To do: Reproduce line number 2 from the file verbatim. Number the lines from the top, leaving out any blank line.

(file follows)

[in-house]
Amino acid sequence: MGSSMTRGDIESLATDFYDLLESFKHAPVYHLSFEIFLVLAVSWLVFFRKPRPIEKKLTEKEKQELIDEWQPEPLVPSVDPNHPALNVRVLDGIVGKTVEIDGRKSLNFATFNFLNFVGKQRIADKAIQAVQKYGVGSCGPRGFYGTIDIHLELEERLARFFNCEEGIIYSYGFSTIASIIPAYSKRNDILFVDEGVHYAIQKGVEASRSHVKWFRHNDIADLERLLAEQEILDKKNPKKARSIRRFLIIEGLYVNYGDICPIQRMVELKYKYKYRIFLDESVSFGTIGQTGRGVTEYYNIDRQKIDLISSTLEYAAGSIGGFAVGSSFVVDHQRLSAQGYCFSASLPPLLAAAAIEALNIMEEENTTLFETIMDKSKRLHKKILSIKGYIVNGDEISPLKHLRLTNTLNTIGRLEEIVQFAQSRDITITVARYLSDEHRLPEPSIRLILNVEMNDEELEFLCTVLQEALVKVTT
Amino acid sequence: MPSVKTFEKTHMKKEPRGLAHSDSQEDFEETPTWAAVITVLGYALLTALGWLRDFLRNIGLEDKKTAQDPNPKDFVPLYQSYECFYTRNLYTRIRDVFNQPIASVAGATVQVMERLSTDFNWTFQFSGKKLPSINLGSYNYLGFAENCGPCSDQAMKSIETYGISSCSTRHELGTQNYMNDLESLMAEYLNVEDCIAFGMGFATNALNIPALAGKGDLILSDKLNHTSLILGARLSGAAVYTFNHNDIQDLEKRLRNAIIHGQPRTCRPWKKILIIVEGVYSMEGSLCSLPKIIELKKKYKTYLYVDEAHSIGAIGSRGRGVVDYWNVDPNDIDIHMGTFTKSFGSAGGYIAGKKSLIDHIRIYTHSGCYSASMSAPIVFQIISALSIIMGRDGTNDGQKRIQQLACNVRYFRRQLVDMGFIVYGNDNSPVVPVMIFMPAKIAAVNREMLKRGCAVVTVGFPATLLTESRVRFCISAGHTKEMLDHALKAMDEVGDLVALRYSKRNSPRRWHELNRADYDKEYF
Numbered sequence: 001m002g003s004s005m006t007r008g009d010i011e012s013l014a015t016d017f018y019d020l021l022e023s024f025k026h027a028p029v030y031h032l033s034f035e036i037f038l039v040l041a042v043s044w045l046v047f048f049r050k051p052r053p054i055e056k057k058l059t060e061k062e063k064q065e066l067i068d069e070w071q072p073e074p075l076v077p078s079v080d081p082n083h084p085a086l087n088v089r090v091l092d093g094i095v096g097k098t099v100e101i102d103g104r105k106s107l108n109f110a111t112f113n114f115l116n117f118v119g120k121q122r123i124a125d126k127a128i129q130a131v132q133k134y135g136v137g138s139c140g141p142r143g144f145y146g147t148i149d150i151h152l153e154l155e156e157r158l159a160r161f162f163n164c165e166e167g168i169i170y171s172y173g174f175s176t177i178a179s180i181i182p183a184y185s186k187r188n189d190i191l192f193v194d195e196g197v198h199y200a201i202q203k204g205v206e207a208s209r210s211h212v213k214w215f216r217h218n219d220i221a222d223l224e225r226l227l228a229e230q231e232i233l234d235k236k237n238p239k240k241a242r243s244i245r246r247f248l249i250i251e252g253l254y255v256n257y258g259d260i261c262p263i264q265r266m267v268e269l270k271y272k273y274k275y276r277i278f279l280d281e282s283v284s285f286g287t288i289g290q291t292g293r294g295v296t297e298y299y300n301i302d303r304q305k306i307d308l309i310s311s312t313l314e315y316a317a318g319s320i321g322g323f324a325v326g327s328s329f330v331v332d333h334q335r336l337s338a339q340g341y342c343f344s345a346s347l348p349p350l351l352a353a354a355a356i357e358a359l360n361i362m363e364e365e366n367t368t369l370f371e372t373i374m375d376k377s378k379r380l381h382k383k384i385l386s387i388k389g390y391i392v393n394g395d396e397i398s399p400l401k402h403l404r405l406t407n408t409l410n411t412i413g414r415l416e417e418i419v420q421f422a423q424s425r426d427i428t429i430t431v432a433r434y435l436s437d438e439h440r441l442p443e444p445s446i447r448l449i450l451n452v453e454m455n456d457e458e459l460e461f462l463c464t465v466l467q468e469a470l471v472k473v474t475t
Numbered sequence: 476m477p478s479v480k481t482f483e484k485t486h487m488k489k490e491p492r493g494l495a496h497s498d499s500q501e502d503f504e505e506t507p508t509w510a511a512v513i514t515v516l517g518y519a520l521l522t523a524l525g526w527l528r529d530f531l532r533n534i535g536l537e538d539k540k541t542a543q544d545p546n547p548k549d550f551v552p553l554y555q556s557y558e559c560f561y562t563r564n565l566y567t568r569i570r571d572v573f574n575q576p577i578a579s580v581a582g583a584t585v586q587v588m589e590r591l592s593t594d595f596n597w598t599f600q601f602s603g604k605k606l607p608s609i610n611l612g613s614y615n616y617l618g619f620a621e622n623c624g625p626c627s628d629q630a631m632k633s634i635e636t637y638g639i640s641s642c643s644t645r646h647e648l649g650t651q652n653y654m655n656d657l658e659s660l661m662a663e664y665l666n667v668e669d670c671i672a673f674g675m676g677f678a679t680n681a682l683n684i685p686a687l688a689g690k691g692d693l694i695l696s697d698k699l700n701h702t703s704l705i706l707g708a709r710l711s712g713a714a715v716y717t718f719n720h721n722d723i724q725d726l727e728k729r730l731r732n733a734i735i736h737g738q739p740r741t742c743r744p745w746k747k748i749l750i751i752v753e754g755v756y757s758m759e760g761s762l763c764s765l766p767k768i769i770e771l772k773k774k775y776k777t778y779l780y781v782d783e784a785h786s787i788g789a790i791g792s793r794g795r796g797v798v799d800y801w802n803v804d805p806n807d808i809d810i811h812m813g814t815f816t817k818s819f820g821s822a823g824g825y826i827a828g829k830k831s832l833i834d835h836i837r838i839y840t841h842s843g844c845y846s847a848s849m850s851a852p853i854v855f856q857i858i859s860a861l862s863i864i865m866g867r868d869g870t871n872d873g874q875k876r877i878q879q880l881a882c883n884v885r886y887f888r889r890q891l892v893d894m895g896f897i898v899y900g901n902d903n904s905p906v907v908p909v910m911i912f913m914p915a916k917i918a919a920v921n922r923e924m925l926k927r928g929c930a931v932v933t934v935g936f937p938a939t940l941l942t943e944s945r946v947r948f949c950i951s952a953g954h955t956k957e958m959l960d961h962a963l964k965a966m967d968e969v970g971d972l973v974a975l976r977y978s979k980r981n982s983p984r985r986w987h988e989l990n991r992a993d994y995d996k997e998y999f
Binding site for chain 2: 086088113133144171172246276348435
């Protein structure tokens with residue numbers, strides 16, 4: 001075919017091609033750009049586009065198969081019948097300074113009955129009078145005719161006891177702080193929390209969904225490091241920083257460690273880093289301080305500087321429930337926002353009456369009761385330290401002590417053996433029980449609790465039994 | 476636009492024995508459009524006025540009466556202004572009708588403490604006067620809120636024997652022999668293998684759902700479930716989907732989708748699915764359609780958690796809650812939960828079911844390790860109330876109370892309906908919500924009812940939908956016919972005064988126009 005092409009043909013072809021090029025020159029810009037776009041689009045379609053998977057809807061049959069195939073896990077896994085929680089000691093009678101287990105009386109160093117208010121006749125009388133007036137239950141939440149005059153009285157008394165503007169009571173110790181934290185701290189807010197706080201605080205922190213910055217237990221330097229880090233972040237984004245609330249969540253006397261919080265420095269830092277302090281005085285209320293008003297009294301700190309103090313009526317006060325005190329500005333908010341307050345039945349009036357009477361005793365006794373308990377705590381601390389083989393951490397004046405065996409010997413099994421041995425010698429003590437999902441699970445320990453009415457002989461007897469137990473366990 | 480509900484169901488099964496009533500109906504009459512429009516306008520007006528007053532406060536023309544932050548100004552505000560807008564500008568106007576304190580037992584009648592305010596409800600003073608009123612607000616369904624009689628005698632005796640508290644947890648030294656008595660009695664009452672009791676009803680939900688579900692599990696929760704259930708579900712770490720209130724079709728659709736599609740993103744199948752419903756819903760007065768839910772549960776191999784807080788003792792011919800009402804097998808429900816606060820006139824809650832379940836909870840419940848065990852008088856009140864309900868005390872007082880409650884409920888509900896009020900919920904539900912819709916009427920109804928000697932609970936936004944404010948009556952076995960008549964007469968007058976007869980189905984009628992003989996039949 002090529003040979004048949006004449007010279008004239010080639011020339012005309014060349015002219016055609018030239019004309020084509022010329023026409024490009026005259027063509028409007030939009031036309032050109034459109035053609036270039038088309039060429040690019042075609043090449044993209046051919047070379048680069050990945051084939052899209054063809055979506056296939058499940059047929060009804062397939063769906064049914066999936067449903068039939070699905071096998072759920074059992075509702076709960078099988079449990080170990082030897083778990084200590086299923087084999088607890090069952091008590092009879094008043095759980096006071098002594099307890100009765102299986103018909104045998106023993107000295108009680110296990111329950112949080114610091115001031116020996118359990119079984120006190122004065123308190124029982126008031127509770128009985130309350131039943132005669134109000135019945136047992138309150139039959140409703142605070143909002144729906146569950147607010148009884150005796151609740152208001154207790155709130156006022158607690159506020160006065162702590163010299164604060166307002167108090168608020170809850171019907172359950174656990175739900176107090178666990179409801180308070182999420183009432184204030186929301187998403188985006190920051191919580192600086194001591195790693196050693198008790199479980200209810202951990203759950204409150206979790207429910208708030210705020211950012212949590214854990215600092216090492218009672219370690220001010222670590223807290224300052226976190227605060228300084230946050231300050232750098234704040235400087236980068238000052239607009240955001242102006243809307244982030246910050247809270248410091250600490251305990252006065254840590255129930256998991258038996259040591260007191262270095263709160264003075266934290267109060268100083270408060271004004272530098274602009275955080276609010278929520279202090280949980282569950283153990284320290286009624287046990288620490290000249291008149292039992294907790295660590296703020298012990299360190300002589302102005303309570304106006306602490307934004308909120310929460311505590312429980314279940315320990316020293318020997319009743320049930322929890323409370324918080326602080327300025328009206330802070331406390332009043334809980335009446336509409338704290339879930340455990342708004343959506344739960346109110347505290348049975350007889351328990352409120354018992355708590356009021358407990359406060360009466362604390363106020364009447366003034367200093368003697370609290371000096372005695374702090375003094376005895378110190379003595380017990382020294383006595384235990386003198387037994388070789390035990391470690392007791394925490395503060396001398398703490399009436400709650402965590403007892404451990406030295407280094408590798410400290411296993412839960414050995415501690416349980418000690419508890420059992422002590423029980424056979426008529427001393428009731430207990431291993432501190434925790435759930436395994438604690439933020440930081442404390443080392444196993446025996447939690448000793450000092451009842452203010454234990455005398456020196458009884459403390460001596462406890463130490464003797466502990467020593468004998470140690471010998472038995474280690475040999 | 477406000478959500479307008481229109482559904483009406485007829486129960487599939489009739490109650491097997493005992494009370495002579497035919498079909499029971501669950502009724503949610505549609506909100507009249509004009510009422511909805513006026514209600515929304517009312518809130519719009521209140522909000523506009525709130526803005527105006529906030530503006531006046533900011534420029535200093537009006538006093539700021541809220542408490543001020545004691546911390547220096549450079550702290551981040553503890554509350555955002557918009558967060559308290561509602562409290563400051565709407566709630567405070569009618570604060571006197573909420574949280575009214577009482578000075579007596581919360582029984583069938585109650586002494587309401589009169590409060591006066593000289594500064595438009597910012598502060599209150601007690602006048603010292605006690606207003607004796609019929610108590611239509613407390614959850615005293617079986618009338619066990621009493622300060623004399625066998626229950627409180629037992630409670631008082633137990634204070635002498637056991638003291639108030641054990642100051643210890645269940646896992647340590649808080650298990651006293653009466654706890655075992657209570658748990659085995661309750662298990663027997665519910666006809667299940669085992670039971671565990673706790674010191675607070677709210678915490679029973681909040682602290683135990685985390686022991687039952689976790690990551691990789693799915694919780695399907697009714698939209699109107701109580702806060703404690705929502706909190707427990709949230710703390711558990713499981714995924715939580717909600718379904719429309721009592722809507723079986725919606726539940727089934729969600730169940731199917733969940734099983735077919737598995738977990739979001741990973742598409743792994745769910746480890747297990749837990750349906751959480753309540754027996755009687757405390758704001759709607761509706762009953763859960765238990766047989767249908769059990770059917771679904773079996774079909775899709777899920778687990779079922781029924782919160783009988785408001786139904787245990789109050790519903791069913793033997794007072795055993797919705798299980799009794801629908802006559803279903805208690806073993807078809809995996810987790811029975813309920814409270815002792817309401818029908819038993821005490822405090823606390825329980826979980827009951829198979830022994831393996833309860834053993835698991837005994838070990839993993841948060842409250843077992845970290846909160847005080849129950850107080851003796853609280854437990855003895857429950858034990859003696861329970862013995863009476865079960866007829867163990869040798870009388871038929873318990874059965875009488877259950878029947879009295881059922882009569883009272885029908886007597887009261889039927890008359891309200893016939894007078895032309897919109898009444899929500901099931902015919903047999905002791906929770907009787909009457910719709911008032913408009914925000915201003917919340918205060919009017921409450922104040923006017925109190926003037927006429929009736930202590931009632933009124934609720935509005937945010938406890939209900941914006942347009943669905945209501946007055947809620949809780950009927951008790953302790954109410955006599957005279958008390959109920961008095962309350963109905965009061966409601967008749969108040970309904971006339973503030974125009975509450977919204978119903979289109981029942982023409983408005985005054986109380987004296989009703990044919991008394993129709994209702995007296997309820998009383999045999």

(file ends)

Amino acid sequence: MGSSMTRGDIESLATDFYDLLESFKHAPVYHLSFEIFLVLAVSWLVFFRKPRPIEKKLTEKEKQELIDEWQPEPLVPSVDPNHPALNVRVLDGIVGKTVEIDGRKSLNFATFNFLNFVGKQRIADKAIQAVQKYGVGSCGPRGFYGTIDIHLELEERLARFFNCEEGIIYSYGFSTIASIIPAYSKRNDILFVDEGVHYAIQKGVEASRSHVKWFRHNDIADLERLLAEQEILDKKNPKKARSIRRFLIIEGLYVNYGDICPIQRMVELKYKYKYRIFLDESVSFGTIGQTGRGVTEYYNIDRQKIDLISSTLEYAAGSIGGFAVGSSFVVDHQRLSAQGYCFSASLPPLLAAAAIEALNIMEEENTTLFETIMDKSKRLHKKILSIKGYIVNGDEISPLKHLRLTNTLNTIGRLEEIVQFAQSRDITITVARYLSDEHRLPEPSIRLILNVEMNDEELEFLCTVLQEALVKVTT